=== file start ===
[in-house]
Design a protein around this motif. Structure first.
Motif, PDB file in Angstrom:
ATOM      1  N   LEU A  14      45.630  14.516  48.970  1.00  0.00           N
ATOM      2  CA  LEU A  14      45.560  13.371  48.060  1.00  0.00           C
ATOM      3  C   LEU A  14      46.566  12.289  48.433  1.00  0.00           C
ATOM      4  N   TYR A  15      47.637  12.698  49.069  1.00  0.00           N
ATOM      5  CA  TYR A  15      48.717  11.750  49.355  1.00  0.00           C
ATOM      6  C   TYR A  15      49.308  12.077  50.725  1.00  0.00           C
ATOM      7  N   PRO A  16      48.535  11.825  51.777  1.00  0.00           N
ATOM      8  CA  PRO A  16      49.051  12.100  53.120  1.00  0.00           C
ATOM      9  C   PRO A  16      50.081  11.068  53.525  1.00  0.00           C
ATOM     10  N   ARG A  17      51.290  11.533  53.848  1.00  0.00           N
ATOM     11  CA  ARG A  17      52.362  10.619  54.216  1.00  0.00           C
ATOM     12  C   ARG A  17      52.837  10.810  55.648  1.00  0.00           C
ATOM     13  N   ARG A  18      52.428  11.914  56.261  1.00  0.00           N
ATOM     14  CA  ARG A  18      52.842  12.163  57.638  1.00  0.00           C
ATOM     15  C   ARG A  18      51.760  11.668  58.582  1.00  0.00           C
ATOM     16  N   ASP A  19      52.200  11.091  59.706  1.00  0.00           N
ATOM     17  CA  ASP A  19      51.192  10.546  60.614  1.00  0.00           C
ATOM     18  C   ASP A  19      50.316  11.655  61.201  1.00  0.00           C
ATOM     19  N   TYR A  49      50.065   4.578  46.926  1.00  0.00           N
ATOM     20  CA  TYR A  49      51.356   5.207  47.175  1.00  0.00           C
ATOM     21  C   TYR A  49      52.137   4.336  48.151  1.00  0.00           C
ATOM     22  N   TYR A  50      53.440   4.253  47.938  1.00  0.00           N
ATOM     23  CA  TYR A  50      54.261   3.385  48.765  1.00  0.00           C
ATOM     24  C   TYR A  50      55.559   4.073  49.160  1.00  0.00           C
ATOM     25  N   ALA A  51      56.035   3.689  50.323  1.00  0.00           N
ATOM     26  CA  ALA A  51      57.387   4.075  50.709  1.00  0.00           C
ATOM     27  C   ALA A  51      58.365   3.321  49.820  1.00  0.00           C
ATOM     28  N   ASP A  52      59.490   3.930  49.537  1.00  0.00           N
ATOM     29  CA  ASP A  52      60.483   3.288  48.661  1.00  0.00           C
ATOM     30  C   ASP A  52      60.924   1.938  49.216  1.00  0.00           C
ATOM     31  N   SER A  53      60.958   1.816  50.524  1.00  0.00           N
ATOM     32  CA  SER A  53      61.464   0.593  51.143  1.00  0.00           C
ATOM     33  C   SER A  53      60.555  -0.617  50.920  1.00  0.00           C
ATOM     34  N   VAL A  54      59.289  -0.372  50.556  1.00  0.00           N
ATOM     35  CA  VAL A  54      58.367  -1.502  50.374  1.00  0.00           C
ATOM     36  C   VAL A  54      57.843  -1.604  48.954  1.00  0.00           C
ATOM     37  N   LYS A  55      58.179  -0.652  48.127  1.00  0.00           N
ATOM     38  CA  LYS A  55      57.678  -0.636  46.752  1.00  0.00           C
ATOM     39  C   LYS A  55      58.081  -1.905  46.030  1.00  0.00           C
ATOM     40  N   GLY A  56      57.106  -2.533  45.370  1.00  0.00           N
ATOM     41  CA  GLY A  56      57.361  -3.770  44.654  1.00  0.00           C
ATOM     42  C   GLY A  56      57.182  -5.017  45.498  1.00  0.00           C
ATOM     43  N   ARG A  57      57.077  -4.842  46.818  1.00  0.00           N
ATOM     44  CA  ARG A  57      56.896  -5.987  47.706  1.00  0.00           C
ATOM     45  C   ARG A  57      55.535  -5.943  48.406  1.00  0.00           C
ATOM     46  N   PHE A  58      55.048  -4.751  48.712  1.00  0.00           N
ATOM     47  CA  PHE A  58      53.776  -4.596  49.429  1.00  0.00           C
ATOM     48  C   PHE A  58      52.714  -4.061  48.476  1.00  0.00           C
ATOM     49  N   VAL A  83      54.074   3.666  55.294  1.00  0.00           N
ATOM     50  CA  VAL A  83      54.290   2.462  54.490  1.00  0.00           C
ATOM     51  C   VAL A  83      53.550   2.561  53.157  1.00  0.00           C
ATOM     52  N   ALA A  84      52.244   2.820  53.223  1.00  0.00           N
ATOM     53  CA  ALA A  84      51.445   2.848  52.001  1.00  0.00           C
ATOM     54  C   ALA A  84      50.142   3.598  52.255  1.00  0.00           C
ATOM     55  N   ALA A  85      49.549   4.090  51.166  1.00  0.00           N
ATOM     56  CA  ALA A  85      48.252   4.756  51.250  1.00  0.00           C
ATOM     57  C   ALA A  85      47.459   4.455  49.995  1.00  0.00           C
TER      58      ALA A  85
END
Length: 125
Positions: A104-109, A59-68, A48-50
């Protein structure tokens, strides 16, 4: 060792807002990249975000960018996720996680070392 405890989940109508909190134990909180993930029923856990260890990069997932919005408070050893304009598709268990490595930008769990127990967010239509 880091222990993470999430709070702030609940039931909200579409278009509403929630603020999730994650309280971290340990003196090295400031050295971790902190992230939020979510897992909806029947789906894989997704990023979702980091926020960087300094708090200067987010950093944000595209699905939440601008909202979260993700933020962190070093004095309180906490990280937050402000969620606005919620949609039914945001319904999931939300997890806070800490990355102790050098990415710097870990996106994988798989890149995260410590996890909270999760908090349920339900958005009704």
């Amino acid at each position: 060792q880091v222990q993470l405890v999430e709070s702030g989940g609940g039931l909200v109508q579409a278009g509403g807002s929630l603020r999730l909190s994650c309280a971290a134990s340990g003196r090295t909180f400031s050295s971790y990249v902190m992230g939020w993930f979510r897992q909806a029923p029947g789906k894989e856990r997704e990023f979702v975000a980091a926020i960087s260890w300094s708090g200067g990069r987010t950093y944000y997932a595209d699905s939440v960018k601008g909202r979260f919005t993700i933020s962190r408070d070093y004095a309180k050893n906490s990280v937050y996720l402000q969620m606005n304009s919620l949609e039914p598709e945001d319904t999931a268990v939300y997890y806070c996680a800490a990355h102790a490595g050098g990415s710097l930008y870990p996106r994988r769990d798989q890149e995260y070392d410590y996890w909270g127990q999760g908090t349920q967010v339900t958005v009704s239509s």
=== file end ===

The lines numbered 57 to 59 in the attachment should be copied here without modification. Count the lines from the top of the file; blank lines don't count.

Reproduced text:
ATOM     54  C   ALA A  84      50.142   3.598  52.255  1.00  0.00           C
ATOM     55  N   ALA A  85      49.549   4.090  51.166  1.00  0.00           N
ATOM     56  CA  ALA A  85      48.252   4.756  51.250  1.00  0.00           C